January 9, 2010 | by Andrew Kameka
Android was intended to work as a platform for mobile devices, but the “phone” OS has expanded to products far beyond that scope. California-based MIPS Technologies is doing some amazing things to showcase how far Android can be pushed in non-smartphone areas. From netbooks to set-top boxes and entertainment devices, MIPS has built an Android-based framework that other companies can use to develop their products.
I met up with members of the company to learn more about what they have planned and see a few product demos. Below is a video showing Home Jinni ConnecTV, a concept set-top box that uses Android to control media device convergence.
From the meeting, I also gathered some other interesting information
- Though it takes extra work to enable Android on devices, MIPS utilizes it because it gives a virtualized platform that adds new features with fewer concerns about reliability. Consider that Microsoft has trouble with some applications because they cannot test every program across every operating system. Android “sandboxes things,” so the core functioning remains in tact when problems arise. If an application crashes, it does so “elegantly and you can quit a particular application and the rest of the machine is untouched.”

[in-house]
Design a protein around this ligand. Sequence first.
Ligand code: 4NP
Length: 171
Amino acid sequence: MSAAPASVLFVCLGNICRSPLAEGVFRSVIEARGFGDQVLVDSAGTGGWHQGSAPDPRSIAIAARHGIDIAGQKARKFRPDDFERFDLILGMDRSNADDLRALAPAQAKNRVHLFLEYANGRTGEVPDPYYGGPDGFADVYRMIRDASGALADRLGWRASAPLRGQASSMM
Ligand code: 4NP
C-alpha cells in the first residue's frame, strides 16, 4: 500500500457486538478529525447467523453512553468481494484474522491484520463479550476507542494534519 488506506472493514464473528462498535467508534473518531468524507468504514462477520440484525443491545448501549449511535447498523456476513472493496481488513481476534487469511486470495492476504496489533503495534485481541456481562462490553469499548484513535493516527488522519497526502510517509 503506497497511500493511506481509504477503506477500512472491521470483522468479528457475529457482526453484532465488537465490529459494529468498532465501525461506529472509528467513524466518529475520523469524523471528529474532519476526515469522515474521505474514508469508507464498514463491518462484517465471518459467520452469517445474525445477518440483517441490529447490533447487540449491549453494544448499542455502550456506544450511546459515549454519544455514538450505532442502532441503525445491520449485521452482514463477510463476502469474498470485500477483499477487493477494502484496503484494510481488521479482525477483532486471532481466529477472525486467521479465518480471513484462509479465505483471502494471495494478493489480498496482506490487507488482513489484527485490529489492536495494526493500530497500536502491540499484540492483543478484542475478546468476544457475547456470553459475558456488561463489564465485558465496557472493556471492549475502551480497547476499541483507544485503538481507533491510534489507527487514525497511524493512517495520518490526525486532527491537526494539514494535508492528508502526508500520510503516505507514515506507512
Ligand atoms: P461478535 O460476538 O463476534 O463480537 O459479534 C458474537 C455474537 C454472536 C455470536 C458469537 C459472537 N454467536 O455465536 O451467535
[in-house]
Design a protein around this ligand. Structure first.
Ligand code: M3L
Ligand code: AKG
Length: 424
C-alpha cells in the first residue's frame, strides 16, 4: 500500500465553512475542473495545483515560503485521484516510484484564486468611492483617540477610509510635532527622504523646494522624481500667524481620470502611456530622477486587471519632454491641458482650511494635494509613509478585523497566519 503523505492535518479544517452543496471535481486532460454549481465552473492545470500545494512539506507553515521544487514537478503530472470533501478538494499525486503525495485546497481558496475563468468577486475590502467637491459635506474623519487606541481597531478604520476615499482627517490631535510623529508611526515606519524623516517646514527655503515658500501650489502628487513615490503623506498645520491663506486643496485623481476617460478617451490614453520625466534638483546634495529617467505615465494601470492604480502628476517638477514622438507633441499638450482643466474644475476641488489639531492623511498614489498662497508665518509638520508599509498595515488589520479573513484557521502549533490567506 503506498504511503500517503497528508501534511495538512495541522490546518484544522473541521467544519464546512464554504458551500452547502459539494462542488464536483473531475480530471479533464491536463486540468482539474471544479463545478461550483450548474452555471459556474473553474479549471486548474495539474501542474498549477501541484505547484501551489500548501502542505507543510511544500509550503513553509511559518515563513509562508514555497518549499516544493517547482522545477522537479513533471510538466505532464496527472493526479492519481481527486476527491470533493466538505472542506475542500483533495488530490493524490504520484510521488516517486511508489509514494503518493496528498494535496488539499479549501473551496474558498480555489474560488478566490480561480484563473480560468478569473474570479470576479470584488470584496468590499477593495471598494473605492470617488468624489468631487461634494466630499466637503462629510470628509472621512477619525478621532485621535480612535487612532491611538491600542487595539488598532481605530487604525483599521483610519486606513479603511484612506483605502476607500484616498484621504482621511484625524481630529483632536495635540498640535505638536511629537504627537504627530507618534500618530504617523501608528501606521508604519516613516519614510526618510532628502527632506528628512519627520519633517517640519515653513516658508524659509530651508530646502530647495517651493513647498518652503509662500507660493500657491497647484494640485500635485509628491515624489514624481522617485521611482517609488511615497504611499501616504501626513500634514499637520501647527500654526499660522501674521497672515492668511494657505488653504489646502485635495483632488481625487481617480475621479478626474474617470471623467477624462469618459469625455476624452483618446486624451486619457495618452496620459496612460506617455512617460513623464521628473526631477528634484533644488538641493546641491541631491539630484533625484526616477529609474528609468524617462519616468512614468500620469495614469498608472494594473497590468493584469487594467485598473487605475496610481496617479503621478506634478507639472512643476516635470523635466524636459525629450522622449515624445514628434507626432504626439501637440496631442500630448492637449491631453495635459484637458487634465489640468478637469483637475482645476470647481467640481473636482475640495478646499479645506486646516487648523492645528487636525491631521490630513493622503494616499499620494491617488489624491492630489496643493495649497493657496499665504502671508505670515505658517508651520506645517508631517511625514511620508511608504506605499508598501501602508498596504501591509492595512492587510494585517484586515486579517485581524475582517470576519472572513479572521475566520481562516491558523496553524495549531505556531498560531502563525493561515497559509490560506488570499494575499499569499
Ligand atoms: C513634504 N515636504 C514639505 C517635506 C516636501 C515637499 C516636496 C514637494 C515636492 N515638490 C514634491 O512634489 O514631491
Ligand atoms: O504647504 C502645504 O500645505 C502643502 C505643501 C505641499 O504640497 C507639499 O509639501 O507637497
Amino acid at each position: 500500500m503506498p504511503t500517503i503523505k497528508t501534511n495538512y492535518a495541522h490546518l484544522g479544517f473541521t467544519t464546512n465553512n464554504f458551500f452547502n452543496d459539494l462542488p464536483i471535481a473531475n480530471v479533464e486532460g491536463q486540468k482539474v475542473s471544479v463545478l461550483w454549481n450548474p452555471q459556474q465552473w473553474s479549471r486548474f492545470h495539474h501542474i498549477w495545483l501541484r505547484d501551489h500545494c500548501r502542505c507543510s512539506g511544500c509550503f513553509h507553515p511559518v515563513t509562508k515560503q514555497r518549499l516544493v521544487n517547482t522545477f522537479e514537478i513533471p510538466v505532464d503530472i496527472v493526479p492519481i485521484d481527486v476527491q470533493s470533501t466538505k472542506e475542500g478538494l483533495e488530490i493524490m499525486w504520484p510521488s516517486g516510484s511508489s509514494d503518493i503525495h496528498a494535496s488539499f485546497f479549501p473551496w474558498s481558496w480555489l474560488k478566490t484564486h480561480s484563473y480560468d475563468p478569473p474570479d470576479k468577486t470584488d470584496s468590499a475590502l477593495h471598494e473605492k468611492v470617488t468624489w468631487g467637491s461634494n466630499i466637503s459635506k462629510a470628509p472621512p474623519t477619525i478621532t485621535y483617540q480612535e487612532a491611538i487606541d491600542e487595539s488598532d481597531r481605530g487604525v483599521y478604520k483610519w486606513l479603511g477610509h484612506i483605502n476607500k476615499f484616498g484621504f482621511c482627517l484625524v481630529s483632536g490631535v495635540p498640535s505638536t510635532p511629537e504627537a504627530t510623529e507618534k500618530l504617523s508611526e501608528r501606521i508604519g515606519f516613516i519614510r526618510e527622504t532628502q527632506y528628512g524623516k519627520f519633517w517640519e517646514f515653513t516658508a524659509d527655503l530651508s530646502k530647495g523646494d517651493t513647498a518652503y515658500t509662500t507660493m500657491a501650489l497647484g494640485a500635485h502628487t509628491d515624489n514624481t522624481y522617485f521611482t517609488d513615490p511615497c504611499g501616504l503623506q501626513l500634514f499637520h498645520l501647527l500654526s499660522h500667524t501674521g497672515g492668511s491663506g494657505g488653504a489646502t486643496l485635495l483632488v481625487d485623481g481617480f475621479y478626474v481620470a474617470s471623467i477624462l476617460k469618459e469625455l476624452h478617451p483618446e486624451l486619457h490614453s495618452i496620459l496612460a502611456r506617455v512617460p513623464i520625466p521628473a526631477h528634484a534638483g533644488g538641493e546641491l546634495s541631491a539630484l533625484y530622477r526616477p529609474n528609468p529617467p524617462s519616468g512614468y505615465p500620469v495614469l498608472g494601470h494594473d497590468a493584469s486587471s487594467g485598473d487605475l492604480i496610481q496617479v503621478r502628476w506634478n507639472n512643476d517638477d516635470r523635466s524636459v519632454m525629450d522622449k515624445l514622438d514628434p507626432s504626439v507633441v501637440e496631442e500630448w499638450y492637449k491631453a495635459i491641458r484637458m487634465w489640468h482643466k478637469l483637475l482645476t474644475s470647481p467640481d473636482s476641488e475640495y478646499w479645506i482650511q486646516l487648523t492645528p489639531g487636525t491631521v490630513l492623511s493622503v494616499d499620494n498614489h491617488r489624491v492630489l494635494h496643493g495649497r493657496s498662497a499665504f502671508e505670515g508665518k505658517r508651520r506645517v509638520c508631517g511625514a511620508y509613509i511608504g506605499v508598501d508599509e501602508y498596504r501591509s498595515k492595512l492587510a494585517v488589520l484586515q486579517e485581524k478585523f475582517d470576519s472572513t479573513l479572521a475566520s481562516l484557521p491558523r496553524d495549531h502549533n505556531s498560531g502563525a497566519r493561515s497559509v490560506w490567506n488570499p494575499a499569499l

- Technology is already in place to have Android apps work on set-top boxes or netbooks using MIPS technology; it’s up to OEM’s to implement them. Therefore, a company could build an entertainment device designed for TV but have support to run media streaming apps like Pandora or Slacker Radio.
- While discussing trends and upcoming products, a MIPS employee suggested that at the next CES, there’s a possibility that we could see television sets with even more integration between apps and Android. Twitter support for commenting while watching TV, getting email notifications on-screen, or even using your Android phone as a remote.